J Street works to promote an open, honest and rigorous conversation about Israel. The opinions reflected in articles posted in the News Roundup do not necessarily reflect J Street’s positions, and their posting does not constitute an endorsement from J Street.
J Street Calls on Fellow Pro-Israel PACS to Join Them in Pledge Not to Support Candidates Who Threaten American Democracy, J Street
As part of the “Pro-Democracy Pledge”, J Street calls on AIPAC and all pro-Israel PACs not to endorse any lawmaker who voted against Congressional certification of 2020 election results on January 6 or otherwise supported the “Big Lie” which falsely claims that Donald Trump actually won the 2020 election.
AIPAC Launches PACs, Entering Political Campaign Space for First Time, Haaretz
AIPAC has historically attempted to remain apolitical and limit its work to lobbying efforts in Washington, though a growing number of Jewish organizations on both sides of the aisle have challenged its prominence and its policies. J Street, for example, formed in 2008 the first-ever PAC explicitly dedicated to promoting American leadership in resolving the Israeli-Palestinian conflict. Not only has it endorsed Democratic candidates, it has also helped move candidates and lawmakers in a leftward direction. Following AIPAC’s announcement, J Street called on all fellow organizations with affiliated PACs to commit to not supporting Republican candidates who have endorsed conspiracy theories about the 2020 election results. “With the future of American democracy in real peril and the vast majority of American Jews deeply concerned about the mounting threat from former President Trump and his extremist political movement, it’s critical that groups representing the pro-Israel and Jewish communities do absolutely all that we can to help defend free and fair elections and democratic institutions,” said J Street’s President Jeremy Ben-Ami. “As AIPAC announces that it will create a new federal PAC and super PAC, and other pro-Israel PACs begin to make their endorsements for the 2022 cycle, we challenge them to join us in taking a ‘Pro-Democracy Pledge,’” he added.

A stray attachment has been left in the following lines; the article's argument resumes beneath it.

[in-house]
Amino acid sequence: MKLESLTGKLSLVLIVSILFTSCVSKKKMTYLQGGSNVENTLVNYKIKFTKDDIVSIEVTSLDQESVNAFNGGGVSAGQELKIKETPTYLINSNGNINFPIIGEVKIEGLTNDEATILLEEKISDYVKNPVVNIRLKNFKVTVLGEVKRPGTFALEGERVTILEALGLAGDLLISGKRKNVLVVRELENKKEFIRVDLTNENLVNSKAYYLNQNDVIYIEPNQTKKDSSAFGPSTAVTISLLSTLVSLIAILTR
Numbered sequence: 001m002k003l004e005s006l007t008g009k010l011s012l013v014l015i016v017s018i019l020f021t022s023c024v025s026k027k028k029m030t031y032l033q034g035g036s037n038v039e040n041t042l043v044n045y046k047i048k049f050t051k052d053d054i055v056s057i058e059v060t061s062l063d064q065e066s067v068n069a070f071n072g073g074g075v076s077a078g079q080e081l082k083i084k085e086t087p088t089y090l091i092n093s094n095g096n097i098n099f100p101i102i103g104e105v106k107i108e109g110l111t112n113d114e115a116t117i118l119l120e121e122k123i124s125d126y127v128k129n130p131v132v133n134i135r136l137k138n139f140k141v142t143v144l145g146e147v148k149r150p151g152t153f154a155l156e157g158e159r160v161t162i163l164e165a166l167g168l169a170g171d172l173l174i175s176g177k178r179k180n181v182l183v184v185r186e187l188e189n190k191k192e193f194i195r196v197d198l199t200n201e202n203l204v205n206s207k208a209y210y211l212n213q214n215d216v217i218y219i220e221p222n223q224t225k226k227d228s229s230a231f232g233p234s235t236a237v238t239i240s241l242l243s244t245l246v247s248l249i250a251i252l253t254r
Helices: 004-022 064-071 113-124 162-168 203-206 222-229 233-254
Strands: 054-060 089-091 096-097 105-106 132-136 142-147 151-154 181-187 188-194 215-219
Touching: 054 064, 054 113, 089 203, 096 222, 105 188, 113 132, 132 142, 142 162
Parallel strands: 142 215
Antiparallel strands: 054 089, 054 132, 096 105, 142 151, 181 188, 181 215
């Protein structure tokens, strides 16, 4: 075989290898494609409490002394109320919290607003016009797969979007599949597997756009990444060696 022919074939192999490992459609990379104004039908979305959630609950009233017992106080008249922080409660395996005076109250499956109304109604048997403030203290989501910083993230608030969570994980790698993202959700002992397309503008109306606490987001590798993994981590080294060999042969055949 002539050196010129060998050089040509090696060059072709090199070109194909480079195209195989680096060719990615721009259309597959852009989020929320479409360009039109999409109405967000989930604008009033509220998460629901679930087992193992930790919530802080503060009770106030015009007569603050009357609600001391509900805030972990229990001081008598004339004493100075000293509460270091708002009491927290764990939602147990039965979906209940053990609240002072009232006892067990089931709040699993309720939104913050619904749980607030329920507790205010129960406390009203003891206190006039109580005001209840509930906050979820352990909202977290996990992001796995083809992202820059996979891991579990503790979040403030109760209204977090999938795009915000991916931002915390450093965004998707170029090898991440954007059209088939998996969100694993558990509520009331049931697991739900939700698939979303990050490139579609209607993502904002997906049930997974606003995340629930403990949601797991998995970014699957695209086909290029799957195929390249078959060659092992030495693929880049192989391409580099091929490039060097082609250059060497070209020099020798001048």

AIPAC to fund campaigns for the first time in its 70-year history (through a PAC), Forward